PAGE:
5) Philosophy is not just supposed to be for intellectual gymnastics but also for living it in our life. The word for philosophy in India is “Darshana”. It changes your viewpoint. It changes your way of looking at the world.

6) Finally, my score proves that Philosophy is certainly a high scoring subject.

What worked for me?

1) Conceptual Clarity: Here, I must credit Mahesh Sir. He was brilliant in his approach. He would always strike at the core of any philosopher in the most simplest words. He answered all my doubts whether rational or irrational. A good conceptual clarity helps to tackle offbeat questions which is not rare.

2) Sufficient practice of expected questions: Unlike GS, topics can be somewhat predicted in optional based on the past year trends. If one manages to practice those expected questions well, it comes handy in the exam as one can write content-rich answers in limited time available.

3) Managing limited space and time: I distributed an equal amount of time for every question and always tried finishing paper on time. The space provided for the answer of a particular question is also limited. Thus, you must ensure that you’re writing content rich answers in the limited space.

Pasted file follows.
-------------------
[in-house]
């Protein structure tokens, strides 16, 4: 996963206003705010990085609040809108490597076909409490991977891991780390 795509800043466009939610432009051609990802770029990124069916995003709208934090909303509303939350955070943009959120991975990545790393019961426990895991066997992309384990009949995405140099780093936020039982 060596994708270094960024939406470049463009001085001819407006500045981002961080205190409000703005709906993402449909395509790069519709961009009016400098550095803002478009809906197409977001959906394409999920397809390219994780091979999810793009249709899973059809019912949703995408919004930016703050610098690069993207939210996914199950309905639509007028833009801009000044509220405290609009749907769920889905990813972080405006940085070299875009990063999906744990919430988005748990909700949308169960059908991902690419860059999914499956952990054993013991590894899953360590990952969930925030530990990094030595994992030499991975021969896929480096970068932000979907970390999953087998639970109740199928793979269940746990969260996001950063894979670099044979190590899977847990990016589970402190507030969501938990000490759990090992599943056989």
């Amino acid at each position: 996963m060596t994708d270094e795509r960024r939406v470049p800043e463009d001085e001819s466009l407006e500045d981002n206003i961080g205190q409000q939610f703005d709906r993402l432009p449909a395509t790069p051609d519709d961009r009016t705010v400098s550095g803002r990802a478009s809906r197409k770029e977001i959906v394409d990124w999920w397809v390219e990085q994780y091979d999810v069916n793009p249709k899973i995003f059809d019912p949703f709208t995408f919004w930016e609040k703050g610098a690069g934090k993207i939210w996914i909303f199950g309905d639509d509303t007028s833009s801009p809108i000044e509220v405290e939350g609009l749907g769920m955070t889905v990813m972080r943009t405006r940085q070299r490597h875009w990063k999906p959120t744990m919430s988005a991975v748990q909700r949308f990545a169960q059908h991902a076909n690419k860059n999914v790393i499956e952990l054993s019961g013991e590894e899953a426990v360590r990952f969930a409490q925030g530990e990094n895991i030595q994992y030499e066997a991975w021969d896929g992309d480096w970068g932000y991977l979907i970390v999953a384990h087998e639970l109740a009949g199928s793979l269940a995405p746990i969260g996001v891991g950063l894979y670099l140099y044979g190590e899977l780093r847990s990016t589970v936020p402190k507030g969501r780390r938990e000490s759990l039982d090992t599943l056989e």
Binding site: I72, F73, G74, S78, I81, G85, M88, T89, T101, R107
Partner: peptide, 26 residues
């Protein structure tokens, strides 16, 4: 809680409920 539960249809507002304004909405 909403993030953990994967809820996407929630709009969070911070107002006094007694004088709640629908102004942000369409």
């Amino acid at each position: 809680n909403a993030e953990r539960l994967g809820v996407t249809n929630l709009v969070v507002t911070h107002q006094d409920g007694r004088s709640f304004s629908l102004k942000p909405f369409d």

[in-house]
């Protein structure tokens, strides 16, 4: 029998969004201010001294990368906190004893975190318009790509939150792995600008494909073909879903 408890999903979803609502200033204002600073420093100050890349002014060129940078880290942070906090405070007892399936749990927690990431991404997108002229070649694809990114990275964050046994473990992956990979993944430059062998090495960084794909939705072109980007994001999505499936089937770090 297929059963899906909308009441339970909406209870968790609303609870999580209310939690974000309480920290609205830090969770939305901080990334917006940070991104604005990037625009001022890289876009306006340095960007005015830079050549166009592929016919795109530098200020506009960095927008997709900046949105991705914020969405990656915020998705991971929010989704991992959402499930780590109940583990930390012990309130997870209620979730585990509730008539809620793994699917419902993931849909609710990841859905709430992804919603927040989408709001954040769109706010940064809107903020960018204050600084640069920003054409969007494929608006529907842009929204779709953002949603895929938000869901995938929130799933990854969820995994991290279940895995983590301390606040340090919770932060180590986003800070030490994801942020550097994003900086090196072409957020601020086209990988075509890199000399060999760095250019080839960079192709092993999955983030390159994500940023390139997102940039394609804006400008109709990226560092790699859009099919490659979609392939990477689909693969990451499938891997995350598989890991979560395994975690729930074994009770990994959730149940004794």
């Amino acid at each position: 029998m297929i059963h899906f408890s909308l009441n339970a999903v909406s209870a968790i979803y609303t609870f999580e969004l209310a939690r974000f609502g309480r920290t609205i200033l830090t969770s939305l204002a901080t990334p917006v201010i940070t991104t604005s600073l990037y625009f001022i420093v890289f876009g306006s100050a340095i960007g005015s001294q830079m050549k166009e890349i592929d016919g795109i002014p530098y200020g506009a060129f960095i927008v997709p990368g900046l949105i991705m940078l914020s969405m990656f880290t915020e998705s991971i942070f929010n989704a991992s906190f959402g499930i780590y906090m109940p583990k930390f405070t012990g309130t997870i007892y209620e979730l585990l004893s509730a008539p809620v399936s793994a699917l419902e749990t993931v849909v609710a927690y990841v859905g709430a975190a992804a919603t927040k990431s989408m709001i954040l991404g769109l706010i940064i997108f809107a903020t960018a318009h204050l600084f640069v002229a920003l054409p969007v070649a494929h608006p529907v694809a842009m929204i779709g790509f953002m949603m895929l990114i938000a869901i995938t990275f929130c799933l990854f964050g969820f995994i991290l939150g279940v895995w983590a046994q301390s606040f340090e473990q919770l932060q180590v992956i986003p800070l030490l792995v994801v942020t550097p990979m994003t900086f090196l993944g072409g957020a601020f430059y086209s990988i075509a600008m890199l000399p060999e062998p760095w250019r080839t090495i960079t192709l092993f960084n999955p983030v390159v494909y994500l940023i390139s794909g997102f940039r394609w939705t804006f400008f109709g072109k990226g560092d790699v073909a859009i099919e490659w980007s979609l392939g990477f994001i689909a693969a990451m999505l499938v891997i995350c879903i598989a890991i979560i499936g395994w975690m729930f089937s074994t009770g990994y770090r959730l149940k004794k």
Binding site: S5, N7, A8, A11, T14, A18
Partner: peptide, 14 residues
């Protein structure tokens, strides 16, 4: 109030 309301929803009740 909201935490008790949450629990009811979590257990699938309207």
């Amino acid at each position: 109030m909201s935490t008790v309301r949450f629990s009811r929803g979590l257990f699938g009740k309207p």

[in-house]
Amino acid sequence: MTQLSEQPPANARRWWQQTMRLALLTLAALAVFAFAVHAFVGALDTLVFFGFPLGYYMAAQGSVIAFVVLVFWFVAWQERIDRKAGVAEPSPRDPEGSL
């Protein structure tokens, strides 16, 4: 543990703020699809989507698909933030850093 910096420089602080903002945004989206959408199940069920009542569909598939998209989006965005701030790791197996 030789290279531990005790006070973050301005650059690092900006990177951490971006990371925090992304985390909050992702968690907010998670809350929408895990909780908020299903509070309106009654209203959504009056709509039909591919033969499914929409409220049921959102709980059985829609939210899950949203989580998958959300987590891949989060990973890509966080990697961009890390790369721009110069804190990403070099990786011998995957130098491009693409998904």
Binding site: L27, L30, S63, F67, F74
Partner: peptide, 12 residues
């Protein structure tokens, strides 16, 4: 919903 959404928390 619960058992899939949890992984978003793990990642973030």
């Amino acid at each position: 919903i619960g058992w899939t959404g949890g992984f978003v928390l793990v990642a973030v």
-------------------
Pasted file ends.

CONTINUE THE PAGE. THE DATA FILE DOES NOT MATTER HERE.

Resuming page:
4) Writing content-rich answers: Such an answer would also include passing reference of other parts of the philosophy of a particular philosopher and not just the central idea of the question. One should also include criticism of the particular philosophy, even if it is not asked explicitly. At the end, one should conclude with the importance of the philosophy or some comparison with western/indian philosopher.

5) Choosing the right questions: The “Western philosophy” section is more factual in content. As a result, one can write better answers from western philosophy section. Similarly, some topics in “philosophy of religion” can be more rewarding in terms of marks.

6) I was a bit lucky: Luck is a factor which is so prominent in this exam. Several factors came together to finally result into this. Without good luck, I could’ve missed any one of them and the result would’ve been entirely different.

Sources Referred by me

Since this was my first mains, I just put my faith on Enlite IAS (Mahesh Sir’s) coaching class notes for all sections of both papers. I didn’t refer to anything beyond them. These notes themselves were based on multiple books.

Advice to philosophy optional candidates

You must first try to develop a great conceptual clarity. For instance, you must understand how epistemology of a particular philosopher is related with his metaphysics. If Charvaka believes only in perception as the only valid source of knowledge, then naturally he will reject the existence of God and Soul.

After this, get your answers evaluated by a mentor/teacher/senior candidate etc and keep on improving upon the feedbacks.

Finally, completely shed away the thought that philosophy is a less awarding subject. In most humility, my score breaks this myth.


As a concluding remark, I would say that this subject has made me a wiser and better person.  At the risk of being termed as biased, I would say that Indian philosophy is the best in the world. It is only a matter of time when India shall rise again. And when it does so, hopefully we will be her witness.

Read more:  Virendra Kumar Meena, AIR-883 CSE-22 Prelims Strategy